Insofar as the SMCRA was designed to tax coal and not water, Drummond insisted, the revised regulations exceeded the scope of the Act and thus were unlawful. More importantly, Drummond noted, between 1977 and March, 1982, OSM never objected to a request from a Region II operator for a moisture deduction. From Drummond's perspective, therefore, the 1982 revised regulations represented a departure from a prior administrative practice without a "reasoned justification". Plaintiff's Motion for Summary Judgment at 16-17. As such, the Secretary's decision to promulgate the regulations was arbitrary and capricious, and constituted an abuse of discretion. For these reasons, Drummond argued, the regulations should be held void.

 Shortly after the filing of the complaints, the Secretary filed a motion in the Northern District of Alabama to dismiss or transfer the Alabama case on the ground that the SMCRA provided for exclusive jurisdiction in the District of Columbia. On January 13, 1983, the Alabama court denied that motion. One week later, the Secretary requested a permanent injunction to prevent further prosecution in the Northern District of Alabama. Drummond opposed that motion by moving to stay all proceedings in the District of Columbia pending the outcome of the suit in the Northern District of Alabama. On February 24, 1983, this Court granted Drummond's motion to stay.

 In response to Drummond's challenge on the merits, the Secretary asserted two central claims. First, the Secretary argued that the revised regulations did not represent a change from prior administrative practice because Region II officers -- allegedly the only officers to approve excess moisture deductions *fn3" -- were never authorized to grant deductions. Actions, of these "insubordinate" officials, the Secretary insisted, could neither bind DOI nor constitute the Department's official administrative practice or policy.

 Second, the Secretary argued that the regulations were entitled to "great deference" on review because they were consistent with the broad, remedial purposes of the SMCRA, and promoted the twin agency goals of uniformity in application and administrative efficiency. Specifically, the Secretary maintained that the ambiguity of the 1977 regulations permitted certain coal operators to pay less tax by contracting to sell coal based on its "energy value" per ton, as opposed to its gross weight. The 1982 revised regulations, the Secretary pointed out, merely ensured that all operators would be taxed on the same basis and at the same point in the coal mining process; the new regulations, therefore, were national in both purpose and design. The decision to promulgate could not be considered arbitrary or capricious. *fn4"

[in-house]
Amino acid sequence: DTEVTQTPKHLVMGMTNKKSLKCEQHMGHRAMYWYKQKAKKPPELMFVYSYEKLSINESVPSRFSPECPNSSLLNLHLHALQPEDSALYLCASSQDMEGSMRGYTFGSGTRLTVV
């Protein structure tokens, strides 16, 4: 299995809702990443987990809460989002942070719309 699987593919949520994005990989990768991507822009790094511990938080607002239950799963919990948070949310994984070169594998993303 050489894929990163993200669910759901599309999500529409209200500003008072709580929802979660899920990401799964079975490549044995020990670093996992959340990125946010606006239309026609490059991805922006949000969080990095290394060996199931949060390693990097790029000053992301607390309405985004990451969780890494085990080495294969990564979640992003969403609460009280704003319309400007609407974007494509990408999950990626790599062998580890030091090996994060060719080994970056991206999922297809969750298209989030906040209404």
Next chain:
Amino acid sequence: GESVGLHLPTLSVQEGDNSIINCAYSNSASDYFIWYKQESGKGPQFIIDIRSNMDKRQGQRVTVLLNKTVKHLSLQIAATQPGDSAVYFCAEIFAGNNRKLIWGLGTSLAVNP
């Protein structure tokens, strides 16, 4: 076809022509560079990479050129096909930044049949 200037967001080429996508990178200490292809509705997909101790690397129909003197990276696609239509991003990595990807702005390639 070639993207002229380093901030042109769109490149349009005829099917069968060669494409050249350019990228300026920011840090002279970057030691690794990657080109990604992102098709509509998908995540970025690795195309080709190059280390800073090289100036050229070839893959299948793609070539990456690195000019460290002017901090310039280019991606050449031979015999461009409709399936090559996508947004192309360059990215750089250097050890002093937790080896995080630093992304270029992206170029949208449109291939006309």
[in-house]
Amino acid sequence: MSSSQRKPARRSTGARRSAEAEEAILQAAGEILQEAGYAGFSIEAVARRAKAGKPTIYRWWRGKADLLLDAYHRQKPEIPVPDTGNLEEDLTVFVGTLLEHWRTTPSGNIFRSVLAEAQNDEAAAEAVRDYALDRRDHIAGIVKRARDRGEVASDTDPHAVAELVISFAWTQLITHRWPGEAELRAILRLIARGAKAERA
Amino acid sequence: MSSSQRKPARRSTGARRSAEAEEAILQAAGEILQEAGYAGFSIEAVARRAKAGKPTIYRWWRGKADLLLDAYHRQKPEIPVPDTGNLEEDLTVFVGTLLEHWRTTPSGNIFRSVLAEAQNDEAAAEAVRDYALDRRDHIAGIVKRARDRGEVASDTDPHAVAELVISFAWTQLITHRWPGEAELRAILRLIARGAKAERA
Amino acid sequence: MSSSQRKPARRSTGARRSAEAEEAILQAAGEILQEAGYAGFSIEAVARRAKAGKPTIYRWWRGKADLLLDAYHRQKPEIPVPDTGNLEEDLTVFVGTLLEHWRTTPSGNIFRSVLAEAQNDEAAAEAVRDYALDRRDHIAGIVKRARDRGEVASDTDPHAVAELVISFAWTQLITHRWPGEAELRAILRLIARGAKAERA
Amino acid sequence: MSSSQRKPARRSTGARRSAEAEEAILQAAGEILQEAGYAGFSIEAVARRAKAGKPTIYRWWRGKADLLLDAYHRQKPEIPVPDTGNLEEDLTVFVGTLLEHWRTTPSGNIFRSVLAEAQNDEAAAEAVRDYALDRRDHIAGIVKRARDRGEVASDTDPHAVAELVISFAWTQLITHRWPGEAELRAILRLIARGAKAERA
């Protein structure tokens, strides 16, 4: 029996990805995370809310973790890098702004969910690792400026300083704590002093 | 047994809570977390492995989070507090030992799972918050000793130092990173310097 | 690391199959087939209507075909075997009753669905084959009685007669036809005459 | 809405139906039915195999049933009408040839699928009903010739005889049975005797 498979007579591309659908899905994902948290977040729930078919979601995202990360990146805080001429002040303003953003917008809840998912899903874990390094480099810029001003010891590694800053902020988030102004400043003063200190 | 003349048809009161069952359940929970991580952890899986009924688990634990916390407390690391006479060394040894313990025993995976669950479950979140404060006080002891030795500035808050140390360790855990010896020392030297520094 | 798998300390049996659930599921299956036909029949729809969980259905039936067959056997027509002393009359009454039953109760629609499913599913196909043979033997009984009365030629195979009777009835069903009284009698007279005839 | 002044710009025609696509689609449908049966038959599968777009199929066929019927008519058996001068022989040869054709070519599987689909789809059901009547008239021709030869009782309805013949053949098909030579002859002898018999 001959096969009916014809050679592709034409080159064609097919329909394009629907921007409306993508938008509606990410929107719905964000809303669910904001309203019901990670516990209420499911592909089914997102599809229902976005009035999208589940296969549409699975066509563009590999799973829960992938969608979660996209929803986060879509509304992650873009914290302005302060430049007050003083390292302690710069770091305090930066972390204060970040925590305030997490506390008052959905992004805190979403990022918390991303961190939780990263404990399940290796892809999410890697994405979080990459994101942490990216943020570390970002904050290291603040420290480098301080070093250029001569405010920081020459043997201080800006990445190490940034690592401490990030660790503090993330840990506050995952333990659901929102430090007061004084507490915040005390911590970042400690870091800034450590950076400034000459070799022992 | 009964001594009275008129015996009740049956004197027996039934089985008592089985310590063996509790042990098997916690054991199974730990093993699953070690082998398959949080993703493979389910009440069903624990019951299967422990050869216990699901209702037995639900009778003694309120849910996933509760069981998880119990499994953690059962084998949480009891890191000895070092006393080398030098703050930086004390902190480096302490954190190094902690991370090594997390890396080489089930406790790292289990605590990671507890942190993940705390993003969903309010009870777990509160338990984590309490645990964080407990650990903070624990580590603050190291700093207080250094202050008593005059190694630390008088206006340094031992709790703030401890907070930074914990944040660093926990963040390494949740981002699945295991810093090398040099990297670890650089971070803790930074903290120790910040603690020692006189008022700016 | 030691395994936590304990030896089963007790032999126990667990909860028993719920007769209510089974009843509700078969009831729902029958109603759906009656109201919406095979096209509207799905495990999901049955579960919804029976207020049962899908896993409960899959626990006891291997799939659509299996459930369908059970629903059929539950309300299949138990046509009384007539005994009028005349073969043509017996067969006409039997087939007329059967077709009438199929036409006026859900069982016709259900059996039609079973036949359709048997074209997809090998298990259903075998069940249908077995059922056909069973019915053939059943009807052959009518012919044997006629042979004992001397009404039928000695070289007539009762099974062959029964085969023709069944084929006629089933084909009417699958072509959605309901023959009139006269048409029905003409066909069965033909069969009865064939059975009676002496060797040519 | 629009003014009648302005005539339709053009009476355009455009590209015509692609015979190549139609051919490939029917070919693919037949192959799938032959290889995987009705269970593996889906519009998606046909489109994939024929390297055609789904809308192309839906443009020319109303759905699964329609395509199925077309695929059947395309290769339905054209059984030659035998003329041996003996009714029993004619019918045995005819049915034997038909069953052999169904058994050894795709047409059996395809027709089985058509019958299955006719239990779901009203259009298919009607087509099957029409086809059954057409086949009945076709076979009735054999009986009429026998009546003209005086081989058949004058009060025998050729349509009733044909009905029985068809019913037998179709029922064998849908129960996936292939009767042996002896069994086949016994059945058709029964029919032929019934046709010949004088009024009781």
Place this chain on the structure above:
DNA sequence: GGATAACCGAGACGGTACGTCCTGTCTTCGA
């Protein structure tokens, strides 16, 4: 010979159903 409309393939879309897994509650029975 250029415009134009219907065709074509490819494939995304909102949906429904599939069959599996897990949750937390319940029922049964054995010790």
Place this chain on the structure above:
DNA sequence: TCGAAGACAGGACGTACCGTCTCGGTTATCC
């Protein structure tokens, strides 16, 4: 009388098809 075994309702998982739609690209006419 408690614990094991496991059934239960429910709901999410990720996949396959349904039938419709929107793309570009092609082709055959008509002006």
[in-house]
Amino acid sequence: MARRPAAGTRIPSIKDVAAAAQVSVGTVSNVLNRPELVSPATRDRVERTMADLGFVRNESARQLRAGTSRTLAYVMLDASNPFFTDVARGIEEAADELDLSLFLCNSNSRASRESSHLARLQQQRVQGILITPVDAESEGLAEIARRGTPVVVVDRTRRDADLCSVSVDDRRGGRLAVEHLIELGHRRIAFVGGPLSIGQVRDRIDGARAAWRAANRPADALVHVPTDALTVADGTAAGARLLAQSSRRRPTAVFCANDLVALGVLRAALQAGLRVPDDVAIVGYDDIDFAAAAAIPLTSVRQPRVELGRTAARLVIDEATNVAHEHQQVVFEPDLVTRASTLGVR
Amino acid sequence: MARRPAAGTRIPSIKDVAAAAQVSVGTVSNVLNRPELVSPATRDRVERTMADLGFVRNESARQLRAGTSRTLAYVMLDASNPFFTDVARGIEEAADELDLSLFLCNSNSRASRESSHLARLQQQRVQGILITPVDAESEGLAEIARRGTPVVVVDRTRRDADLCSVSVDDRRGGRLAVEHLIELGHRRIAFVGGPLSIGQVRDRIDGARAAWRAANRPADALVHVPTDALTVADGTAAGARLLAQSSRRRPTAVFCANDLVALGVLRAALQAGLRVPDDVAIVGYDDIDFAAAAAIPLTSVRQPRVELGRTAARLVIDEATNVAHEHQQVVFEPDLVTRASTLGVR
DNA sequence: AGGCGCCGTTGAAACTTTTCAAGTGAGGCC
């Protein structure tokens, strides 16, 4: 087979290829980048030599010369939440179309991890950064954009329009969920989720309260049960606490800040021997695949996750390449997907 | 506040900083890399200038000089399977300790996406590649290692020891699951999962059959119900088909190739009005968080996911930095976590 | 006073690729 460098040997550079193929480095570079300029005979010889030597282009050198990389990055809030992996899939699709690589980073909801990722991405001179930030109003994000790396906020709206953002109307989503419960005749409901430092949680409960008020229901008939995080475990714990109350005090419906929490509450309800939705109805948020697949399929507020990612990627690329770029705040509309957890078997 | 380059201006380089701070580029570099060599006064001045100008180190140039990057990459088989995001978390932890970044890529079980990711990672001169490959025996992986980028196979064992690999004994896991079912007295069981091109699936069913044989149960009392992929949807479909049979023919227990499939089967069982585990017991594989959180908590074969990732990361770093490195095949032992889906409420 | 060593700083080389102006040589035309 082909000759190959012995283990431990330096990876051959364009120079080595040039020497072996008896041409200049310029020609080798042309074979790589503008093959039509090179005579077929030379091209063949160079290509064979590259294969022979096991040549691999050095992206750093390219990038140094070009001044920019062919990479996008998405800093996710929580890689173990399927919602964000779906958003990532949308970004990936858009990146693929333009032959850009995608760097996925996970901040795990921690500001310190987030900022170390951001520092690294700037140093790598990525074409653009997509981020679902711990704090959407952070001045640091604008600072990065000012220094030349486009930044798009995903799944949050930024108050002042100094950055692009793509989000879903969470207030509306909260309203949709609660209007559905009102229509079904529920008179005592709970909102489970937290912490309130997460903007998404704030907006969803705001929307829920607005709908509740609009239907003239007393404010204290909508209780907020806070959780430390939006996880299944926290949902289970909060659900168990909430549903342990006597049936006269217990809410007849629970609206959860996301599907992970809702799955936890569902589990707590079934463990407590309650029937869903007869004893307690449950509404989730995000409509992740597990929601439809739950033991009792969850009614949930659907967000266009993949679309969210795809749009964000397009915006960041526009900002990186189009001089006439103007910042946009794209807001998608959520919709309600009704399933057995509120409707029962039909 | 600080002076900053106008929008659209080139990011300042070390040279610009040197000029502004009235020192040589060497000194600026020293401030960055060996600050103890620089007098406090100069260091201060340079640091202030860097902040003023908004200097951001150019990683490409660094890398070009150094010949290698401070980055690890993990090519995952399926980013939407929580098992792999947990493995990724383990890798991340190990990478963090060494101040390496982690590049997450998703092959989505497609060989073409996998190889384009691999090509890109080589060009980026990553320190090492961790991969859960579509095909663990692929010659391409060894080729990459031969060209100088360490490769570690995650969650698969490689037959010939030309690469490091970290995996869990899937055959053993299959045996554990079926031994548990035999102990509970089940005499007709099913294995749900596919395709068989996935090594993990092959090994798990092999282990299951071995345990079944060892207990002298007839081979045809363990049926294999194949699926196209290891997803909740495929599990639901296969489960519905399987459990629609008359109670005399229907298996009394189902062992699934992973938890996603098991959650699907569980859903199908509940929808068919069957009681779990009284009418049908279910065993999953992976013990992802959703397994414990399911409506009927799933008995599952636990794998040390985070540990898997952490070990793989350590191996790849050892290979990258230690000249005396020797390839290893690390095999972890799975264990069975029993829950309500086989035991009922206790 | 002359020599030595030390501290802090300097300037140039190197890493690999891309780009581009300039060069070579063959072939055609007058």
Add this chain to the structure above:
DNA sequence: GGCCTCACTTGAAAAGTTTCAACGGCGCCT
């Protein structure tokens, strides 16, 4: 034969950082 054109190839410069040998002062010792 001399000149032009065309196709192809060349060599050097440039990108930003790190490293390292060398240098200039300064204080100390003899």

Subsequently, the United States District Court for the Northern District of Alabama ruled that the 1982 revised regulations were valid. That court concluded that the new regulations did not constitute a "substantive change in the policy of the agency," but rather represented a clarification of the SMCRA "so as to ensure uniform application of the law." Drummond Coal Co. v. James G. Watt, CV 82-H-1838-S (Slip op., N.D. Ala. May 18, 1983 at 6). The Court also found that the regulations were not inconsistent with the plain language of the Act:

 
The regulations are invalid, Drummond argues, because they tax impurities such as water, while the Act authorizes a tax only on coal. This argument is not persuasive. The revised regulations are clearly within the scope of the agency's authority under the Act. Congress chose to tax tonnage of "coal." Obviously there are impurities mixed with coal -- dirt, sulfur, water, etc. Congress made no attempt to remove from taxation this small percentage of impurities found in the mined coal. Had Congress been concerned that the inclusion of impurities would work an undue hardship on the coal operators, the tax could have been calculated in other ways. For example, Congress could have taxed the coal on its BTU content. Since Congress refused to distinguish coal from its impurities, the regulation requiring the inclusion of impurities in calculating gross weight at the time of initial sale, transfer, or use, is within the scope of the agency's ...